Julianne Rosset, co-advised by Dr. Adrian Jordaan and Dr. Allison Roy, wins best oral presentation at the Life Sciences Graduate Research Symposium. Julianne presented a talk on “Life history characteristics of alewife (Alosa pseudoharengus) in freshwater environments”, one of 17 oral presentations.
ECo was very well represented at the symposium. Congratulations to all the participants for a great day of oral and poster presentations.
Life history characteristics of alewife (Alosa pseudoharengus) in freshwater environments
Julianne Rosset – Environmental Conservation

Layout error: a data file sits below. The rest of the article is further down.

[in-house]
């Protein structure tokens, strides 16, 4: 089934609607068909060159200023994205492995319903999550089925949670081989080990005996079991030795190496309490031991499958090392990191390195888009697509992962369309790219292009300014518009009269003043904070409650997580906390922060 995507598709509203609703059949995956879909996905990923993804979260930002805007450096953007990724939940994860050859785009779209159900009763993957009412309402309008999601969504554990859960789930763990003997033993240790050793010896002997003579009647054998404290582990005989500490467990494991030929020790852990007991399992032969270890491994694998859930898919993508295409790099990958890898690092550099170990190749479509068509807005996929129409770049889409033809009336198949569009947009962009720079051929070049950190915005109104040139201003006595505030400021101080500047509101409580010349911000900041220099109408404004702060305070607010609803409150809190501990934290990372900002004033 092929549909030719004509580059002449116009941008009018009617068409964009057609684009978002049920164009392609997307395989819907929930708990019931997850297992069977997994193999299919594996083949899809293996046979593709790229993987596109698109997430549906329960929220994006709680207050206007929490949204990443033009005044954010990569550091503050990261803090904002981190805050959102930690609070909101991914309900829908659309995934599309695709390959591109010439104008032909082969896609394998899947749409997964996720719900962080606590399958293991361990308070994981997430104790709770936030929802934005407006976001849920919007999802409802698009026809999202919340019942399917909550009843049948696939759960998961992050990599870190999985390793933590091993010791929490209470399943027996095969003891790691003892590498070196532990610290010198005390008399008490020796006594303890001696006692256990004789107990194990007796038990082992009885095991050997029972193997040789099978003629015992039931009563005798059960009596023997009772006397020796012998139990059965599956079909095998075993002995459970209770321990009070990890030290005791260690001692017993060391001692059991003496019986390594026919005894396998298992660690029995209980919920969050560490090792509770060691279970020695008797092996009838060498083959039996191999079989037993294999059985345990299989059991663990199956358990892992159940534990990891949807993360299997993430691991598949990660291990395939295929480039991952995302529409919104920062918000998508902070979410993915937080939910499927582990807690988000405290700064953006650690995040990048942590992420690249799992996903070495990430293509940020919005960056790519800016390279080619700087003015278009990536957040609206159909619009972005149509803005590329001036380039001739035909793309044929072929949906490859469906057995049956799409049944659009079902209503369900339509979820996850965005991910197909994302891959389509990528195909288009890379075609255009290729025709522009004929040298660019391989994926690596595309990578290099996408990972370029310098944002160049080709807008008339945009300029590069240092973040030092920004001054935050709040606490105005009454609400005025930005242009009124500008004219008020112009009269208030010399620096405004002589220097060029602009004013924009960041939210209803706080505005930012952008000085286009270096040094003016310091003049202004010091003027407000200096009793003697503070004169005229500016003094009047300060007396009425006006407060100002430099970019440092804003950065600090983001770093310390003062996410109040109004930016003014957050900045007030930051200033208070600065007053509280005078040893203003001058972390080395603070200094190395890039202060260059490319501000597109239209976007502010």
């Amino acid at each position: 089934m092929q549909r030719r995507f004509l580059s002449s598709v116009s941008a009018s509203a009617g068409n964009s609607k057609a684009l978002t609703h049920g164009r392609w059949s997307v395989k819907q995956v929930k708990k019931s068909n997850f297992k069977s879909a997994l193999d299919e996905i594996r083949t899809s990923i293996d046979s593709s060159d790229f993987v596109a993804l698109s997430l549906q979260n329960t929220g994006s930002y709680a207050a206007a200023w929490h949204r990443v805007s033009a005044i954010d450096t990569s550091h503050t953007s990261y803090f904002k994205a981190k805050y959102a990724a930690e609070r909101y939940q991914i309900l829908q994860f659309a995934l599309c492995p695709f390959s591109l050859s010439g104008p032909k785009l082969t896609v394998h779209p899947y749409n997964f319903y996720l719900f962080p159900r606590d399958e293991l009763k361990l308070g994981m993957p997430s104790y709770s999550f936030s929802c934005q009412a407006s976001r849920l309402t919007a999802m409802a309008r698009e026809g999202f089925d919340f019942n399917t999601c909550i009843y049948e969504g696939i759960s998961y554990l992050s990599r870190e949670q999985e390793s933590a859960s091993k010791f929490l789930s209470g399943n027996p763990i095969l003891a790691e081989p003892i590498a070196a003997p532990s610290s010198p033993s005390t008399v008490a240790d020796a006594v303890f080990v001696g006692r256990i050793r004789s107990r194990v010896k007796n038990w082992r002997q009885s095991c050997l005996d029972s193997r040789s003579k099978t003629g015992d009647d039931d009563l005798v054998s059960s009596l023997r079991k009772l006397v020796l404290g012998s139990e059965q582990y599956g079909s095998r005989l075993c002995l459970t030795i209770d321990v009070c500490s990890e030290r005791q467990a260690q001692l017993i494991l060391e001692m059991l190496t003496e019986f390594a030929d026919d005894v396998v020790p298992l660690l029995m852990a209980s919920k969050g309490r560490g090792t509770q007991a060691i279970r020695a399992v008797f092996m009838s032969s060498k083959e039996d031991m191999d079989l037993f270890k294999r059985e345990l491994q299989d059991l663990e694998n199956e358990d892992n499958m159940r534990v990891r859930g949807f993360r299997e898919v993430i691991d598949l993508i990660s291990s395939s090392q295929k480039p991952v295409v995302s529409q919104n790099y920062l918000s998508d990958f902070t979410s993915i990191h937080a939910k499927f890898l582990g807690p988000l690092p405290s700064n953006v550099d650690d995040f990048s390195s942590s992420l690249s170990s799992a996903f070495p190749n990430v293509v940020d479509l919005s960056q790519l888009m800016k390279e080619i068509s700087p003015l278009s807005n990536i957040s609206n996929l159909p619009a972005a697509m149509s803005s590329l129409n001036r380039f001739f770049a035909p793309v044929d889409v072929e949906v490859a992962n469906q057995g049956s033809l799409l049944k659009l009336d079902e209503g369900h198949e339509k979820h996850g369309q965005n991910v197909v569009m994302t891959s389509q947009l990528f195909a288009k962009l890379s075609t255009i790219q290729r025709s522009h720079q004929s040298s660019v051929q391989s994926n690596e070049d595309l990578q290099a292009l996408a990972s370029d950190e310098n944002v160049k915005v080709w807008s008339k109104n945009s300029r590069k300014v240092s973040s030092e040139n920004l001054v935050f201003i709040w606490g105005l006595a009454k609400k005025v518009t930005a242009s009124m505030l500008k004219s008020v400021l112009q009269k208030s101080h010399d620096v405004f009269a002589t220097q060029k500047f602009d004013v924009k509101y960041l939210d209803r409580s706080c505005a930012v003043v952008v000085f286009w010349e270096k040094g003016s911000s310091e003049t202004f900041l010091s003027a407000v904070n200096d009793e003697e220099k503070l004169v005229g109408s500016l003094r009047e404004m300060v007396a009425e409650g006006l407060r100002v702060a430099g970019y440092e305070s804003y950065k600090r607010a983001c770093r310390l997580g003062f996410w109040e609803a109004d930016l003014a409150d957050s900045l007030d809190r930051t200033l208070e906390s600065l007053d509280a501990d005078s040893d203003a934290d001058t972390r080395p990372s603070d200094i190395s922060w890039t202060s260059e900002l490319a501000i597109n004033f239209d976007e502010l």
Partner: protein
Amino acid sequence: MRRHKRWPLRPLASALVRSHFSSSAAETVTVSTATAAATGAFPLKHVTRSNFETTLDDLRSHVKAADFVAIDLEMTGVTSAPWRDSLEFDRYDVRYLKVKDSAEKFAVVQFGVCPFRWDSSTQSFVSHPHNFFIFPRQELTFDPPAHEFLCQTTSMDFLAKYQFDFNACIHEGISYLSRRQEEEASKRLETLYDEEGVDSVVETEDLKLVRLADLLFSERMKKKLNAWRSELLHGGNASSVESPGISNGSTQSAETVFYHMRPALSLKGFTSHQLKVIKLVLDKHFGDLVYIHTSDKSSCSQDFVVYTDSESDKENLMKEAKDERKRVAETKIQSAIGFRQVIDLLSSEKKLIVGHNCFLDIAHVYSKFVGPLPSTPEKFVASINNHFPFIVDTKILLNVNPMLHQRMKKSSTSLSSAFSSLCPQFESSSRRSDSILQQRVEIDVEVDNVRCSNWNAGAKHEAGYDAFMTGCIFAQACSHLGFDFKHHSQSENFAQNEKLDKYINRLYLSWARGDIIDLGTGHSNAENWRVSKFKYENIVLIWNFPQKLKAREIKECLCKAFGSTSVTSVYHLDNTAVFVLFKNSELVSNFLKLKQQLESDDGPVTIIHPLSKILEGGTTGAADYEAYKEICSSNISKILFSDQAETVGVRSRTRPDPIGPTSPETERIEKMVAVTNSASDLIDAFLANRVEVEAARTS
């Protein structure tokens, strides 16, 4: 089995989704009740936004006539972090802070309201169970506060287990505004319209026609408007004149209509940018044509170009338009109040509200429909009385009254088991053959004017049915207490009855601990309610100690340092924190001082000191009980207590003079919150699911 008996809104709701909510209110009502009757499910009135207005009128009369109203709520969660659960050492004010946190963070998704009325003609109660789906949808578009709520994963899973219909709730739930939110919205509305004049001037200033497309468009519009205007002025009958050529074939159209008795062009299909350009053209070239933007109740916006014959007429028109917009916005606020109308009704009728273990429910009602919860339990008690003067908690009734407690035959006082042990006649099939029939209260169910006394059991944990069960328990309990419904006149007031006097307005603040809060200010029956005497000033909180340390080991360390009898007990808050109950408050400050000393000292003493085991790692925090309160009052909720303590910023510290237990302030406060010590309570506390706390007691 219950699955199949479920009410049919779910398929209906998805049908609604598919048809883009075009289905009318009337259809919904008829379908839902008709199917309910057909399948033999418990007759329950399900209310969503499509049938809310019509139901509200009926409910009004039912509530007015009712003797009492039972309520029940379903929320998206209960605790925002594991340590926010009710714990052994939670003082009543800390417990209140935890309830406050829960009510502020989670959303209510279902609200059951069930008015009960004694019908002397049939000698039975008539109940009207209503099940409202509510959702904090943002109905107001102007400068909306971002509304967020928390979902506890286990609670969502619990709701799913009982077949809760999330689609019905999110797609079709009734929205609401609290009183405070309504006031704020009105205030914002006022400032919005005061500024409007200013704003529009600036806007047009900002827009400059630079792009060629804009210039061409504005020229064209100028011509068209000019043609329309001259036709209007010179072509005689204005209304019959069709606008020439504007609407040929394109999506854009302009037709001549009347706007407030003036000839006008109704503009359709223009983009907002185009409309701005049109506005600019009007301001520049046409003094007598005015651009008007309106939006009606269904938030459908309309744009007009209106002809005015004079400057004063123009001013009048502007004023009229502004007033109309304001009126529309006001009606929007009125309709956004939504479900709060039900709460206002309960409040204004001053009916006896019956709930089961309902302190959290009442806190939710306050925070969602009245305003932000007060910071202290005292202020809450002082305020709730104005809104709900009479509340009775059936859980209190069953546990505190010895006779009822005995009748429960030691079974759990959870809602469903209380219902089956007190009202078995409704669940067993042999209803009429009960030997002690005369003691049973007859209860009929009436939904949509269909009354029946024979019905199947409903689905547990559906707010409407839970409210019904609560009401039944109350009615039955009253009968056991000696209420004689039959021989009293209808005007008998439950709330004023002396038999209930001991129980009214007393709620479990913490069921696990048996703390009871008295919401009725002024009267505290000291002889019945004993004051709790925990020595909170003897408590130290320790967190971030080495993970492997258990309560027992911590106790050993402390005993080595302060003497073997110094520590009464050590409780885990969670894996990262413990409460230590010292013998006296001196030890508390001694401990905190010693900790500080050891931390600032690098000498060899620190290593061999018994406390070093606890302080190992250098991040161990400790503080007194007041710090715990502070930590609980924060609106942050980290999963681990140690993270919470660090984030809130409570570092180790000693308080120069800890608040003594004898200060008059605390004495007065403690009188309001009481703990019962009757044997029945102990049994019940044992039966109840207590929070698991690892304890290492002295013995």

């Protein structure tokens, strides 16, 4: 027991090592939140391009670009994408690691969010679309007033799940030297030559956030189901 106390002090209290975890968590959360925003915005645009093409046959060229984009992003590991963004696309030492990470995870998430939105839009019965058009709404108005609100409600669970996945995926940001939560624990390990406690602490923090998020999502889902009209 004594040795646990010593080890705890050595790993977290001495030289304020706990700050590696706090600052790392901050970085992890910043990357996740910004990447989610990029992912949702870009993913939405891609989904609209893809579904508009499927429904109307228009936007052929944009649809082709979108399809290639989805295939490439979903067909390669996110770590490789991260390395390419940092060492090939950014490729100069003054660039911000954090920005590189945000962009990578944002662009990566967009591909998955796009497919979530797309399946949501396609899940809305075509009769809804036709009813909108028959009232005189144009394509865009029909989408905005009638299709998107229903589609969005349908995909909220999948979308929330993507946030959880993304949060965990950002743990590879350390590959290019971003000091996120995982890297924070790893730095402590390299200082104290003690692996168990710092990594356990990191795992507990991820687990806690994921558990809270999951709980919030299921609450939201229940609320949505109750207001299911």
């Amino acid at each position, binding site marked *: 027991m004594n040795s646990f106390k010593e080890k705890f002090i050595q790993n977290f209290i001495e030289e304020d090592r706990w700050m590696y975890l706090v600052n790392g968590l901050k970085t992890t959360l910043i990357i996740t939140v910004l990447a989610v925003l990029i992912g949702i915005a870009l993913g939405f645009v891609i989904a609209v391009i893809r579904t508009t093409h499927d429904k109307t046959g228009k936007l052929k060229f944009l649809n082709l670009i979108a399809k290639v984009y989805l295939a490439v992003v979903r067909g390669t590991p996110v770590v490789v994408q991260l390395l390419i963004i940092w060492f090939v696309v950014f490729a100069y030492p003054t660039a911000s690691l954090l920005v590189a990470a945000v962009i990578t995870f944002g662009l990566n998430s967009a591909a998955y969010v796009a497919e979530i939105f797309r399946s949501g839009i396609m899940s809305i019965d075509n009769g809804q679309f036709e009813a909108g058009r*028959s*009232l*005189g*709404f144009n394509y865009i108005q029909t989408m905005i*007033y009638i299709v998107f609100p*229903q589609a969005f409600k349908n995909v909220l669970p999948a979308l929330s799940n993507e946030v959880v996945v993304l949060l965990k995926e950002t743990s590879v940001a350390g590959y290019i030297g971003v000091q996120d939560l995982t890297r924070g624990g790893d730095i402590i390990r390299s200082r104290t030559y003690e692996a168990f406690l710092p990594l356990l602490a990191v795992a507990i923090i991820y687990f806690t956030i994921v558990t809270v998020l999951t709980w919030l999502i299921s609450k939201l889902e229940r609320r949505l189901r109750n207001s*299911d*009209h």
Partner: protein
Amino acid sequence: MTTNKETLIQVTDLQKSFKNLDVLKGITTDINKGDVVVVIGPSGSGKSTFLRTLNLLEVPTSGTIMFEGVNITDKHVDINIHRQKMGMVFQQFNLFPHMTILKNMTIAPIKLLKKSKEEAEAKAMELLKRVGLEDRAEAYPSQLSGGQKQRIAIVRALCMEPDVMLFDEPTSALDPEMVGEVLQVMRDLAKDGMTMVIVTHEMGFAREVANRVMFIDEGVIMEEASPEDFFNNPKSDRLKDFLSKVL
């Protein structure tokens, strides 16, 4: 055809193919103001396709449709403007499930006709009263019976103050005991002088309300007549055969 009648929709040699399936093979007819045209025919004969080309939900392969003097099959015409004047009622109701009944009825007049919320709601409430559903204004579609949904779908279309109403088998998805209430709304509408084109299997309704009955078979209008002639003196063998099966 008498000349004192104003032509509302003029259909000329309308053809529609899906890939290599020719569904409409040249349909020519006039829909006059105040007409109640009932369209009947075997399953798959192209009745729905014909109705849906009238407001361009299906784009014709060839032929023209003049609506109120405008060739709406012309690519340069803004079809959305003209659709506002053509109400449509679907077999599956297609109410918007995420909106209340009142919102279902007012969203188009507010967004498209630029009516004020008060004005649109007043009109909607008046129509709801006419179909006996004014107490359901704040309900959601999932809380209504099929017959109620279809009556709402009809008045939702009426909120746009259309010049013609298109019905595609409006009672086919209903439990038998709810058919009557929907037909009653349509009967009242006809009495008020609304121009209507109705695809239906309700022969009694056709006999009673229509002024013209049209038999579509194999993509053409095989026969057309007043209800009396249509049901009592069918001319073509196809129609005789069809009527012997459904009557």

Every spring, alewives (Alosa pseudoharengus) begin their annual spawning run into lakes and ponds along the northeastern coast of the United States and Canada. Adults provide a significant source of marine-derived nutrients to freshwater systems and young of year act as an important food source for piscivorous fish. Over the past two centuries, coastal migratory alewife populations have drastically declined due to habitat degradation, overfishing, and the blockage of critical spawning rivers by dams. Alewife populations are typically assessed by counting adult fish as they enter spawning habitats. However, there is seldom an account of the resulting juvenile production within freshwater habitat. The objective of our research was to assess juvenile densities, age, mortality, and growth rates in freshwater lakes, and evaluate environmental and landscape factors that influence nursery productivity. We sampled alewives in 20 freshwater lakes and ponds in eastern Massachusetts three times throughout the summer. Our research will help develop a more complete understanding of the role of habitat quality and cohort dynamics which will help guide alewife restoration priorities throughout their native range.